My takeaway from spending two weeks in Netherlands.

I’ve tended to suddenly stop writing about my previous experiences half way through. The Mexico sailing story from over three years ago still sits idly within my laptop, unfinished and unpublished; wondrous events from the study abroad experience in Beijing remain untold; Cal Lightweight Crew was a defining point in my college career, yet has received three measly posts; and don’t even get me started on Washington D.C.

Moreover, the backlog of video recordings continues to grow in my hard drive, and 1 terrabyte of space is proving to be insufficient for my lack of updates. The YouTube channel has been neglected.

I’m keep to stop this habit, now, starting with The Netherlands.

To be quite frank, I constructed an epic quote to end this trip: “I entered The Hague, and left Den Haag.” This was supposedly to signify how much I had learned about the Netherlands. Truth be told, I don’t deserve to say that because I didn’t put in enough effort to explore and blend into Dutch life.

But nonetheless, I had an incredible, incredible time.

I avoid talking about my professional life in writing, as you’ve seen from the lack of details in the D.C. chapter. To keep things short, we are a worldwide team and conduct international business. As a result, we spend the majority of the time working remotely throughout different time zones. Therefore, despite the four-day conference, the primary purpose of this trip was to spend the 15 days team building by living and working together.

And it was a wild, grandeur success.

Work aside, I got a taste of what it was like to live as a comfortable Dutchman. I rode on trains, busses, and trams on several occasions. I biked through a decent portion of The Hague. I saw train tracks that were completely overtaken by grass – exactly the way you see it taken by professional photographers. I ate fantastic food (and undoubtedly got flabbier), touched the Atlantic Ocean, biked in the rain, and experienced a storm of winds exceeding 60kmh. I walked on the same paths that Nazi Germany had conquered 70 years ago, saw open fields which Allied soldiers had battled and traversed, walked the paths that Jews took towards almost certain doom, and stood on what was once rubble and ruins of war-torn buildings.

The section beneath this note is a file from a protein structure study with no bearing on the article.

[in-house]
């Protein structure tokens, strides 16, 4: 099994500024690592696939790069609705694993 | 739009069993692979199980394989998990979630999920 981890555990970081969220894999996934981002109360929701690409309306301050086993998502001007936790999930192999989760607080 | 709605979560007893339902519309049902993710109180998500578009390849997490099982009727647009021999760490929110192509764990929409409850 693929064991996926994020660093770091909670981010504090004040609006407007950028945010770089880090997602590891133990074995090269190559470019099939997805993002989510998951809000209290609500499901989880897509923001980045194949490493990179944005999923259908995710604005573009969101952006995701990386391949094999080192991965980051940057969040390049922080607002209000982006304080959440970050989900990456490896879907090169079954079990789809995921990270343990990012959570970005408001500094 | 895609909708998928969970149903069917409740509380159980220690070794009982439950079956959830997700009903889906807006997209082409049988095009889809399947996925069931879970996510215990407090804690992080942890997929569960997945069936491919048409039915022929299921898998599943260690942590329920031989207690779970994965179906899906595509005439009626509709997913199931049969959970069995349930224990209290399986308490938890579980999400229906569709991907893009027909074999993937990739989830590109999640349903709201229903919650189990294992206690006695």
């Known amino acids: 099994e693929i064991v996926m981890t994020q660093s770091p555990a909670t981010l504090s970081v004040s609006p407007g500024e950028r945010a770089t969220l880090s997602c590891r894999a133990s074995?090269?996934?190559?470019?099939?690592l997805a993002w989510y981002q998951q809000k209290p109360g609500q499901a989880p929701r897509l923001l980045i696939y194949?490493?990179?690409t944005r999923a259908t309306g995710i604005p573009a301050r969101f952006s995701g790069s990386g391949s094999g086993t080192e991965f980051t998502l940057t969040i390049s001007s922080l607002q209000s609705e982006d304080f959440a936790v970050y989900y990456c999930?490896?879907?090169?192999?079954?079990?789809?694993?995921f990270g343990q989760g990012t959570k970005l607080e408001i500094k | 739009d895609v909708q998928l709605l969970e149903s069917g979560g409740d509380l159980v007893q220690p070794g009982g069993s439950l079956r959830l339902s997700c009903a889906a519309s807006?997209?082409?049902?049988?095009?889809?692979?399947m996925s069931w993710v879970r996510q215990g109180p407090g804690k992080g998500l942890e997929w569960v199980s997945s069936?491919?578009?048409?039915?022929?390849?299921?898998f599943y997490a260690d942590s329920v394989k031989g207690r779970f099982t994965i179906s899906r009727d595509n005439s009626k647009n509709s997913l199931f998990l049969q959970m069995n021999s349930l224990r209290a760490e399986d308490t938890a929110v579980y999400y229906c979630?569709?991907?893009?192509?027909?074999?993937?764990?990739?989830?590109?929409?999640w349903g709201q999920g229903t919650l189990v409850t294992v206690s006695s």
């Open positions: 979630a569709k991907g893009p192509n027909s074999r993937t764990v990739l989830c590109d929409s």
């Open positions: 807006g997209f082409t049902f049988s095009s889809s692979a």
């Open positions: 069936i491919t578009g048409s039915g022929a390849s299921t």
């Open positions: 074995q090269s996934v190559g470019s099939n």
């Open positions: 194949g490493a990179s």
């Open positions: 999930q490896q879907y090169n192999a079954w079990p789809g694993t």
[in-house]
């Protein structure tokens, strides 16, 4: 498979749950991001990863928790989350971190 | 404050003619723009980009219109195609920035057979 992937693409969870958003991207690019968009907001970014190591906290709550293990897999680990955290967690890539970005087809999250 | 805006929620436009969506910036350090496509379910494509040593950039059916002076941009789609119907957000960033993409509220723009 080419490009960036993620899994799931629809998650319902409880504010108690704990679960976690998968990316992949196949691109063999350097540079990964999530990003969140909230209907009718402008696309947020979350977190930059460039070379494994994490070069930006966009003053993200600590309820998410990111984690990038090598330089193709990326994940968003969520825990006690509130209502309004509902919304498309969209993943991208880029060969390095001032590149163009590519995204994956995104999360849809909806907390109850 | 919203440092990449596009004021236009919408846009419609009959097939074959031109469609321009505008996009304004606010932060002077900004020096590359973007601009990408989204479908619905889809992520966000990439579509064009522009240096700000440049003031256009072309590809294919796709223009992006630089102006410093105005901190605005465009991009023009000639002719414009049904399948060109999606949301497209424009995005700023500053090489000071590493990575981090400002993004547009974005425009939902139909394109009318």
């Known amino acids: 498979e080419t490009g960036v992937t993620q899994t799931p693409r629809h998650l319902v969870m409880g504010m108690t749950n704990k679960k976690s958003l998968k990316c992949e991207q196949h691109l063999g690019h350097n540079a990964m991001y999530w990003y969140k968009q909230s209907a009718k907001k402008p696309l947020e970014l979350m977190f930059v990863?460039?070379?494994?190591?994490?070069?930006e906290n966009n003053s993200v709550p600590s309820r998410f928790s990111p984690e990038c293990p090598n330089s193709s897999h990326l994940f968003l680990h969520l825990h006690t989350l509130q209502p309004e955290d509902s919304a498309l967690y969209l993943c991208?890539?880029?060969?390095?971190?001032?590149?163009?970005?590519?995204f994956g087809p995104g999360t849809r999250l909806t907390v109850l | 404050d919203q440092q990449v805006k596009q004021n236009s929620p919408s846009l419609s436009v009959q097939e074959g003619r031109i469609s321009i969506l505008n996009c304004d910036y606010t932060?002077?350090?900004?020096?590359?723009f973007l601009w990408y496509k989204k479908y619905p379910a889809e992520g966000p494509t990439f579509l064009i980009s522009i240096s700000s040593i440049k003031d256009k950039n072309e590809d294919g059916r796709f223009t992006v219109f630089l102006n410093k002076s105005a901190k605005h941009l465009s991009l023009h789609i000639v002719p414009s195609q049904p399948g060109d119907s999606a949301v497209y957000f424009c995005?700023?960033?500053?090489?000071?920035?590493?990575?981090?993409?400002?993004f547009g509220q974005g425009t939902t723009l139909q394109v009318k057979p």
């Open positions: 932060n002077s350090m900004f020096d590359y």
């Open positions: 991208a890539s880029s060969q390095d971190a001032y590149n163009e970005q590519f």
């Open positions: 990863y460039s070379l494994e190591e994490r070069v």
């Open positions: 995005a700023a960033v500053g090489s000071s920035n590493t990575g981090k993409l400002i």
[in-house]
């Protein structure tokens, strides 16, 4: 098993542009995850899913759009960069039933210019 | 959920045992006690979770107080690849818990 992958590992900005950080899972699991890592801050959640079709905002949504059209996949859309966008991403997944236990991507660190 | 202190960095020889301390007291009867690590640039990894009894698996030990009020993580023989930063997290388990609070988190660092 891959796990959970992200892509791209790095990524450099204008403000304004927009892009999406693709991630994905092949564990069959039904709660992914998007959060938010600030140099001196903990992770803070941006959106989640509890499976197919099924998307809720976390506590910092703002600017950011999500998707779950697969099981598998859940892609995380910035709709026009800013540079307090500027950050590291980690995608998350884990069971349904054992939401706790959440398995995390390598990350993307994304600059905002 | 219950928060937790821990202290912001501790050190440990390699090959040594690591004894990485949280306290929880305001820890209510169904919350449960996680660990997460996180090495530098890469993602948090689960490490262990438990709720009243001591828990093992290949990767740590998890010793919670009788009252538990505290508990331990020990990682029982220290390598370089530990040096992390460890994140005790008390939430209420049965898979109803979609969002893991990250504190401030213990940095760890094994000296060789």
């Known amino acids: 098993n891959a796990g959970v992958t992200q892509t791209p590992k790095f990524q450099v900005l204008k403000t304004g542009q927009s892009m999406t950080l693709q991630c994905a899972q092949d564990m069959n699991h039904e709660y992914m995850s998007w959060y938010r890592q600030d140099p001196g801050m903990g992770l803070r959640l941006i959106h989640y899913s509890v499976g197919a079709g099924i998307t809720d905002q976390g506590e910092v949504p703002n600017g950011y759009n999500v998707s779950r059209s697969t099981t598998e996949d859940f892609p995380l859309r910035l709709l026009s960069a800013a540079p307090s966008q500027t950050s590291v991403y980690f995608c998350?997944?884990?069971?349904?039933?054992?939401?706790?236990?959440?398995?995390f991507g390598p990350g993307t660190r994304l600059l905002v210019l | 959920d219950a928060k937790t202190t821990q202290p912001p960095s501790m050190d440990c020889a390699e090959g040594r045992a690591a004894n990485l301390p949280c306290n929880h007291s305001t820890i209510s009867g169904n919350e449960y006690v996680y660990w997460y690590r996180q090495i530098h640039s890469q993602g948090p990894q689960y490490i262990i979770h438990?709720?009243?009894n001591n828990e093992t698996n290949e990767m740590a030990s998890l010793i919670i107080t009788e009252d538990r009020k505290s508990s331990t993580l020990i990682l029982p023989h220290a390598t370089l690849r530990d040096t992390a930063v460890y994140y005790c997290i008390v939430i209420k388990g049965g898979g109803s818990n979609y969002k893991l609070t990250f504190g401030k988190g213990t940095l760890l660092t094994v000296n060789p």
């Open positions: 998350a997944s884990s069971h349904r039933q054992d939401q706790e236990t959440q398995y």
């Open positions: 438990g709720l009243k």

This was such an eye opening experience. My sights have always been set towards Asia, with the justification that I can speak a relevant language and get more in touch with “my people.” Now that I have seen a glimpse of Europe, my curiosity for the continent has spiked from nil to bil[lion]. I can’t wait to go back and see the rest: of Nordic Europe, the Mediterranean islands, Slavic countries, and the thriving West. I’d love to rent a [very fast] car and drive on the Autobahn, around the Nurburgring, and through the small city streets of Italy. I’d love to see the developing former Soviet Union countries.

One of the most valuable moments of this trip was, surprisingly, a conversation with a colleague. He didn’t live in the house, but rather flew in from Copenhagen and stayed at a nearby hotel. He’s an ex-pat who has lived out of the United States for the past eight years. We had a long talk about world values, and he (unintentionally) made me think about how ethnocentric I and most of my friends are.

We (Americans) have yet to see the world. I have no right to speak on behalf of others, so I’ll speak only of myself. I’d like to consider myself a well-versed traveler, and as a result more tolerant of all people, yet I’m as clueless and ignorant as a child. I have much to learn from other people. I am not as important as I’d like to think. My goals and passions, worldviews and opinions, and social points of references are massively, massively underdeveloped. I have a lot of room for improvement.

This is something I will aim to address in my 20s. The idealist in me is struggling to stay alive and has been largely consumed by the realist, but I’m going to absorb as much as I can of the world. I’m going to extract the goods, discard the bad, and share it with my various communities. Then, when I have kids – future Stanford and Berkeley alums by the way, I’ve already figured this out 😛 – I’m going to spread this onto them as well.

Forever Free. That is the ideology.

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